At 35, Jonathan had already studied, lived and worked overseas in London and New York.
Back in Singapore, he opened a couple of food and beverage businesses with his close friends.
His parents, who were also business owners, took a liking to me and supported our relationship from the start. So when Jonathan proposed to me two years after we met, I didn’t hesitate to say yes.
I don’t want come across like I’m bragging, but I really am living a fairy-tale life.
I don’t have to work but I continue to do so because I love my job and the independence it gives me. Even if I left my job tomorrow and never worked another day in my life, I know that I’d be okay financially.
Living her dream life
As well off as we are, Jonathan and I don’t flaunt our wealth. You will never see me dripping in diamonds, I don’t spend all day at the spa and I definitely don’t own countless pairs of shoes or a million dollars’ worth of designer handbags.
Yes, Jonathan and I do wear a lot of designer clothes but we also buy high-street labels, we love our hawker food as much as we love fancy, Michelin-star fare, and we’re just as comfortable visiting friends who live in HDB flats as we are friends who live in bungalows. If we spend a lot of money on anything, it’s entertaining at home. We love having our friends and colleagues over for dinner and always make sure to splurge on the food.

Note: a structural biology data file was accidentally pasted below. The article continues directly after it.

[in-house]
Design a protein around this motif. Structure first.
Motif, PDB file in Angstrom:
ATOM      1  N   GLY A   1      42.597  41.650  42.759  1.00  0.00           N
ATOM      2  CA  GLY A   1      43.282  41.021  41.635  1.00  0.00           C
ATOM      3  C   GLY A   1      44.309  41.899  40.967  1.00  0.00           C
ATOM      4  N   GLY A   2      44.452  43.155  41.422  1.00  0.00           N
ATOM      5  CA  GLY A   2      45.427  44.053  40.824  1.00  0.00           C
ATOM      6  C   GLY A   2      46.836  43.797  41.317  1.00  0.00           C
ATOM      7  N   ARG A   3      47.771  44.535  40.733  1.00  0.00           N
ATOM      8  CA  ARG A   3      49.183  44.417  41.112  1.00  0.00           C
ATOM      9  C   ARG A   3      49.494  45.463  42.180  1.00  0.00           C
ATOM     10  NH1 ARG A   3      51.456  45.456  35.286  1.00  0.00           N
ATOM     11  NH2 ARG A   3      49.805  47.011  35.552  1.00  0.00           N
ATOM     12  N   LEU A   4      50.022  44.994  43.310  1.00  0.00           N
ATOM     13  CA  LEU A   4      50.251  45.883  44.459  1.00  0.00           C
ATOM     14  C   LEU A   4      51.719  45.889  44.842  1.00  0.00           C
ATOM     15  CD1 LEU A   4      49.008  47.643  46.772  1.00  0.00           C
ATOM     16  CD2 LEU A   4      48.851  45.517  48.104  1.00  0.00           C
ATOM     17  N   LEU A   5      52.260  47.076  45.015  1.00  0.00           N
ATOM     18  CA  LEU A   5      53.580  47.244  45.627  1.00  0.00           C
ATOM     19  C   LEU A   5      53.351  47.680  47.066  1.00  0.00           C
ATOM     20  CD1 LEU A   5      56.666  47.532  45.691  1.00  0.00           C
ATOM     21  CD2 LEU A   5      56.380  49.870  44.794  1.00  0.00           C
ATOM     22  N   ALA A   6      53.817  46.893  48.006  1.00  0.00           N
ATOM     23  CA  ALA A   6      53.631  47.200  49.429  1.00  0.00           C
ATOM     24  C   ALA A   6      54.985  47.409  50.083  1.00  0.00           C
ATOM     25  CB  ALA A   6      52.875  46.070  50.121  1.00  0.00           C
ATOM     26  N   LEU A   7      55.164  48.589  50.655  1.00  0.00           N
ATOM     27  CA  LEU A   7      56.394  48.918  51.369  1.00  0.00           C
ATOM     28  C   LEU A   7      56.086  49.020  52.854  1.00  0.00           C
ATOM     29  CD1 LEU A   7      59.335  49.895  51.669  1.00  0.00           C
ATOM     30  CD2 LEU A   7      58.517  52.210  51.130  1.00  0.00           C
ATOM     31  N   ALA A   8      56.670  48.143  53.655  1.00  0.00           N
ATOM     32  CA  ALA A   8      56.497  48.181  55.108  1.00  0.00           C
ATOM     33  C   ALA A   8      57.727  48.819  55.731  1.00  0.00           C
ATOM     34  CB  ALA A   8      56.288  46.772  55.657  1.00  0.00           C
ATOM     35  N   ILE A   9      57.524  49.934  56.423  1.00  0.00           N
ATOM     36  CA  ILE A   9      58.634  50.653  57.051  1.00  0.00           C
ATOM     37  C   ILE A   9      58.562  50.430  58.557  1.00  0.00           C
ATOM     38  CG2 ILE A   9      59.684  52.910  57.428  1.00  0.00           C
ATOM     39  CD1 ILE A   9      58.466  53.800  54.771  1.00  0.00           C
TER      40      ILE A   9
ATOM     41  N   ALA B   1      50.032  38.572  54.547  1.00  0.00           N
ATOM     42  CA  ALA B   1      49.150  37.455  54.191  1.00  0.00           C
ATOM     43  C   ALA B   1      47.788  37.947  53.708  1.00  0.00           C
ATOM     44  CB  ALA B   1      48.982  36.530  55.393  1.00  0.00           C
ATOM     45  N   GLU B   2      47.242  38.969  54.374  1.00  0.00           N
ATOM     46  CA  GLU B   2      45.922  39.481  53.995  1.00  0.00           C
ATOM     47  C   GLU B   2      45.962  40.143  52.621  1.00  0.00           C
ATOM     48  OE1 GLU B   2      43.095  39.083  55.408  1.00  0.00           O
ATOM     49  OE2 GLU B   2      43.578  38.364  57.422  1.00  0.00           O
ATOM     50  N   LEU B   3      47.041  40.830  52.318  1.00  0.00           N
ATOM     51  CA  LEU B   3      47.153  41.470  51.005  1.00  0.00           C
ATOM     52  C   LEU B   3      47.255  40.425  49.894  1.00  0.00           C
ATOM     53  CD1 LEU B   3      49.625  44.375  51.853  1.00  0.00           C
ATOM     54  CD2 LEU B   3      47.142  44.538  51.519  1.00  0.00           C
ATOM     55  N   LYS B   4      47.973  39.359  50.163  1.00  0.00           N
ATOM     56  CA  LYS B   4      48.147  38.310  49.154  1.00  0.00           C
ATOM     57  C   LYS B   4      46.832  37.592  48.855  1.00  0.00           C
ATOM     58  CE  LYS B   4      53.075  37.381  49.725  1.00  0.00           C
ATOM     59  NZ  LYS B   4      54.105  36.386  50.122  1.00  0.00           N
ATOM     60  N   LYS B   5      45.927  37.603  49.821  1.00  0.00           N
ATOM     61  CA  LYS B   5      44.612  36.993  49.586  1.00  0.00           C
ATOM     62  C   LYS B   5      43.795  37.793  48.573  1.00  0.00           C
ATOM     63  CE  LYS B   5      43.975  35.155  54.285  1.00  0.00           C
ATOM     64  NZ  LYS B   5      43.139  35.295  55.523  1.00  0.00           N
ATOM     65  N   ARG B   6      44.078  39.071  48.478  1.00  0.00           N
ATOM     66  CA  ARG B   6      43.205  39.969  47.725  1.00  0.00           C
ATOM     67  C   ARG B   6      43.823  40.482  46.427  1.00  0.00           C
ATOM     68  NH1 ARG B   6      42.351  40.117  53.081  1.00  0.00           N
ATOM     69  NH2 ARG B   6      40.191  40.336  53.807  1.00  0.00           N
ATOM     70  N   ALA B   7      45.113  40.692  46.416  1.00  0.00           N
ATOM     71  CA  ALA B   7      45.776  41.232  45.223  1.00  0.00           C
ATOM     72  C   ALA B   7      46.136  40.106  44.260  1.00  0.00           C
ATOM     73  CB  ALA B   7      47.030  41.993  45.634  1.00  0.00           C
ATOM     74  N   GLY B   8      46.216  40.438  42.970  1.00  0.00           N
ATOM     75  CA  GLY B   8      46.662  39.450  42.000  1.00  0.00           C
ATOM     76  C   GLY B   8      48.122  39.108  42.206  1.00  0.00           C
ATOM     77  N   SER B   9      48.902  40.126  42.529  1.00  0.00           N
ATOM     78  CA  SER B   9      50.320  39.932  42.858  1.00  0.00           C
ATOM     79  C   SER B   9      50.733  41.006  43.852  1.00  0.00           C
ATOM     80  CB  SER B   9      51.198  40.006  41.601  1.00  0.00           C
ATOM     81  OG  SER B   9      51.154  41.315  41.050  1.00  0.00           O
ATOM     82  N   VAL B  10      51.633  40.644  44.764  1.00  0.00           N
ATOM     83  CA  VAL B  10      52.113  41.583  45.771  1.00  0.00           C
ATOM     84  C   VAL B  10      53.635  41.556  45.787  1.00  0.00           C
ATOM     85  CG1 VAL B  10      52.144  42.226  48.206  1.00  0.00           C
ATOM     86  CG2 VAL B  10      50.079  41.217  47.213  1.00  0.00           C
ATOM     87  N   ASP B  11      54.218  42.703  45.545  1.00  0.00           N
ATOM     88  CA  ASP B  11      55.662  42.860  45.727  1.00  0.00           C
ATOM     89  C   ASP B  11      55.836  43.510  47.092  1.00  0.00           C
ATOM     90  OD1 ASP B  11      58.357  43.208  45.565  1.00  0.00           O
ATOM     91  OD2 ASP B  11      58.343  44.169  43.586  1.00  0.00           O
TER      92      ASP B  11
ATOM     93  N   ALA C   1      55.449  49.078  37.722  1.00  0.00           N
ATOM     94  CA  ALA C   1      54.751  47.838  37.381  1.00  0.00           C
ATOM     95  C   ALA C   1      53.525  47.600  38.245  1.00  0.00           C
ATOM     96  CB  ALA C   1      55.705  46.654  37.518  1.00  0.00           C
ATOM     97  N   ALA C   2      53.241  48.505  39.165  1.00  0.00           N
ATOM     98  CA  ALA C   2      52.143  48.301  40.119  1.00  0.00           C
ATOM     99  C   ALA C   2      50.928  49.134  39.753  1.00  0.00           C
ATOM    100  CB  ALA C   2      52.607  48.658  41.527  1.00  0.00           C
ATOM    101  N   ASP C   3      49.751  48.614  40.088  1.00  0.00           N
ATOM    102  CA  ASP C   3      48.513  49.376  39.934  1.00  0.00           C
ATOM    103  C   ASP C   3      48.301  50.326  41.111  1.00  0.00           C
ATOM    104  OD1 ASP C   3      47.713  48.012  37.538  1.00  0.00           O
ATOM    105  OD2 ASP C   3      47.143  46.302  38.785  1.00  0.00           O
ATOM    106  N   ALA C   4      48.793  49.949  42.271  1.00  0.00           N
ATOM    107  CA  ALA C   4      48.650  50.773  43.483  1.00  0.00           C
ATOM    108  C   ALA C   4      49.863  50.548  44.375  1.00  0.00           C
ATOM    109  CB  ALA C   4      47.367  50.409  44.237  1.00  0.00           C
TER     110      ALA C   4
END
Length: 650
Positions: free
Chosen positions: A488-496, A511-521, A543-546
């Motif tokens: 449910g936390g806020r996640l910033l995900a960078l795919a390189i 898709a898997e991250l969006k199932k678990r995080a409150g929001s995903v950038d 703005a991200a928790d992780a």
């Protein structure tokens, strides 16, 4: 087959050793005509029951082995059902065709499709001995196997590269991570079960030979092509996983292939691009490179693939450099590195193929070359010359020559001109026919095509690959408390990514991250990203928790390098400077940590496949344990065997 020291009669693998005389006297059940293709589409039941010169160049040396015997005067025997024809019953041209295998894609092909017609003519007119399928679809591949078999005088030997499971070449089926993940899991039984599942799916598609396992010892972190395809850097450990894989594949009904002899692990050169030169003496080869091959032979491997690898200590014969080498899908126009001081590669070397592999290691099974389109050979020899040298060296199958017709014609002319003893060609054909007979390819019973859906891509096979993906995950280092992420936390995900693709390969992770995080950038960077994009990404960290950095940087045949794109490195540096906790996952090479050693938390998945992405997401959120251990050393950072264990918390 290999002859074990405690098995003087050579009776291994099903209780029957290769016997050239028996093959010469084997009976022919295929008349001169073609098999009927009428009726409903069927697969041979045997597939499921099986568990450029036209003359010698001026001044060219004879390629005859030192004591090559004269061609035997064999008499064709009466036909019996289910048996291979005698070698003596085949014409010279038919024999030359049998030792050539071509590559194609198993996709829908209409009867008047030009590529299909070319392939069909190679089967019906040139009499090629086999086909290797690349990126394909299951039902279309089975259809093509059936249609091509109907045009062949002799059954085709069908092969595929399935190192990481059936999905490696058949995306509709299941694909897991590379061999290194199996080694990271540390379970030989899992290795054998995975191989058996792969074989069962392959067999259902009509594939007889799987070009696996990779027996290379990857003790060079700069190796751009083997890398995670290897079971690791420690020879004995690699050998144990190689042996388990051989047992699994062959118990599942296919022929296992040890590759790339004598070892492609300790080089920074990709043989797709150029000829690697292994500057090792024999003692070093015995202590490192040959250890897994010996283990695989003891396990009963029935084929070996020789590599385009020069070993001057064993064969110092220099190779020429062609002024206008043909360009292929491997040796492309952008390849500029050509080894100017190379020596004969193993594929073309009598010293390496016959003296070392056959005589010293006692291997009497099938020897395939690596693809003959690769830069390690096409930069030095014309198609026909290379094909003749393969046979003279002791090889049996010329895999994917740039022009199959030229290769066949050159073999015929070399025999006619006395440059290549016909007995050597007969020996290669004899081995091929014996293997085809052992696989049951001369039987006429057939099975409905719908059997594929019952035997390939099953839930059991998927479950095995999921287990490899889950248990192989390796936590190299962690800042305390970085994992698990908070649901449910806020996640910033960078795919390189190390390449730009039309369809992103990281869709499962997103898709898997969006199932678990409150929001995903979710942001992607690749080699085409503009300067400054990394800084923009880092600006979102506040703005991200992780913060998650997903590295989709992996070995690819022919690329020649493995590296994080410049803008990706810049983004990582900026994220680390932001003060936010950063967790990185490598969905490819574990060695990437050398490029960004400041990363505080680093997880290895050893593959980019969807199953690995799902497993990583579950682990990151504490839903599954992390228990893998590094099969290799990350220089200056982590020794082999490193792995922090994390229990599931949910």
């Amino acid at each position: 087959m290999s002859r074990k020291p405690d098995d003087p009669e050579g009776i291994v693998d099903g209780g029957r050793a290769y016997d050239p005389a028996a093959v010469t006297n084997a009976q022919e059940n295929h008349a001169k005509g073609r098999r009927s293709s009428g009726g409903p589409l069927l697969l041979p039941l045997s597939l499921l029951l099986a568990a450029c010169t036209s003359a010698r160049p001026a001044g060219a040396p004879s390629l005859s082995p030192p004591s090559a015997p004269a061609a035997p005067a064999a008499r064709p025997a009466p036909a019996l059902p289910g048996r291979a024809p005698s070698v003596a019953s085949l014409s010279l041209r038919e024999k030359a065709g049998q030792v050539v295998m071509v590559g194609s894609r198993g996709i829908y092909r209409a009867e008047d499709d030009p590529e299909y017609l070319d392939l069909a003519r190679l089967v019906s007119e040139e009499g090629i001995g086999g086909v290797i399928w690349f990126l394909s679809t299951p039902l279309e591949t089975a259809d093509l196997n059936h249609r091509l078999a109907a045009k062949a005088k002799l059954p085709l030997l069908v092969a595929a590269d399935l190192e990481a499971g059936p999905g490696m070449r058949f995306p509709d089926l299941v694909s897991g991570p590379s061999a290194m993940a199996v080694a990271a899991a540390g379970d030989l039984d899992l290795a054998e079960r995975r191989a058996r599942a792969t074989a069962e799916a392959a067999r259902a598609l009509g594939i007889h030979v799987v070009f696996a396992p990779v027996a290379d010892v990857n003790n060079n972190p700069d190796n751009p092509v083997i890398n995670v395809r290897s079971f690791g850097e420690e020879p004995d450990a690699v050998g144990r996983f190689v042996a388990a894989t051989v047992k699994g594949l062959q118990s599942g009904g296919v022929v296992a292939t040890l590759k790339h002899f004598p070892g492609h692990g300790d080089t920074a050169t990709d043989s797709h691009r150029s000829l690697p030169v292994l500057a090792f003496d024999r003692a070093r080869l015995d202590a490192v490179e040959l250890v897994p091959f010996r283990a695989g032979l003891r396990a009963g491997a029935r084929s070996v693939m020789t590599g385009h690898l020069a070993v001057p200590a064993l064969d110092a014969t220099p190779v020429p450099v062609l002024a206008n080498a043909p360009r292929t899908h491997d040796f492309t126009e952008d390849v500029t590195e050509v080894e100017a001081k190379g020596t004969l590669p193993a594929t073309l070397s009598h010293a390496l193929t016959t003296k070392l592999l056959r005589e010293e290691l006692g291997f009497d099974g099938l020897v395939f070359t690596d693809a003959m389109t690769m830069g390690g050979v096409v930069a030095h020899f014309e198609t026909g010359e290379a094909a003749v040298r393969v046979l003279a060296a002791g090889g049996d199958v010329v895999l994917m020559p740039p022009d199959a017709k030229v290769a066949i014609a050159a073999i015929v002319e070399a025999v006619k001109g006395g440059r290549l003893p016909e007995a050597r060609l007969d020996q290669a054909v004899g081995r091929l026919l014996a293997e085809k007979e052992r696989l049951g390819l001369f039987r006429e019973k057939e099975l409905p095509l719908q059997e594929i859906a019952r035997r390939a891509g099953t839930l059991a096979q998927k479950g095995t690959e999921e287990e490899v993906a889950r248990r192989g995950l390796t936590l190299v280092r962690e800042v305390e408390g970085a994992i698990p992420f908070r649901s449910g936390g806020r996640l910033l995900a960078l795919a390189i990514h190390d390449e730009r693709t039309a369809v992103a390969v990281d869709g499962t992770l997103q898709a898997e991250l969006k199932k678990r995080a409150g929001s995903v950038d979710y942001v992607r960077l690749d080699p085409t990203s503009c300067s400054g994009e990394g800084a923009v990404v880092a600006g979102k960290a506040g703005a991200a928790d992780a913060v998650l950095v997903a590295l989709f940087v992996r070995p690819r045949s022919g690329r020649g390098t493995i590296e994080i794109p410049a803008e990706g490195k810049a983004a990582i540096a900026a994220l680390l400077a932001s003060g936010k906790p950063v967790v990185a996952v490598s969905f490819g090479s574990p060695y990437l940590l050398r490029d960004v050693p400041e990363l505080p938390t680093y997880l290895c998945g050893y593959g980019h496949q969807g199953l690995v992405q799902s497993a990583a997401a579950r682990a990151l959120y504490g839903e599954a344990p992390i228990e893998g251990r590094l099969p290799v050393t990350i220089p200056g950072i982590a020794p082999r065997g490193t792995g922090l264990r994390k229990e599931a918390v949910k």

Jonathan and I could afford to live in a landed home but instead we opted to buy a three-bedroom condo after we got married. We are certainly not stuck-up or pretentious and we don’t look down on anyone; in fact, we have many friends who aren’t as wealthy as us. Our own rich friends aren’t stuck-up either. I could never associate with snobby, superficial wealthy people who looked down on others or threw their weight around and acted like they were entitled.
Jonathan and his parents get along well with my family, even though my family couldn’t be more different from his. That was another big ‘must’ for me, because the last thing I wanted when I married Jonathan was for his family to feel that they were superior to mine because of their wealth.
All my life, I fantasised of being part of the upper class and marrying into an extremely rich family, and now I’m living the dream. I still have to pinch myself sometimes. It wasn’t so much wanting to own or be surrounded by beautiful or material things; it was the lifestyle that fascinated me, and knowing that I could afford just about anything I wanted.
I know that I’m in a privileged position and I use my status to help the less fortunate wherever I can. I do volunteer work quite regularly and, a couple of times year, I donate money or gifts to orphanages and aged care homes.
Helping others is a humbling experience; it makes me thankful for everything I have. Unlike a lot of people who were born into this kind of immense wealth, I don’t take anything for granted.”
*Names have been changed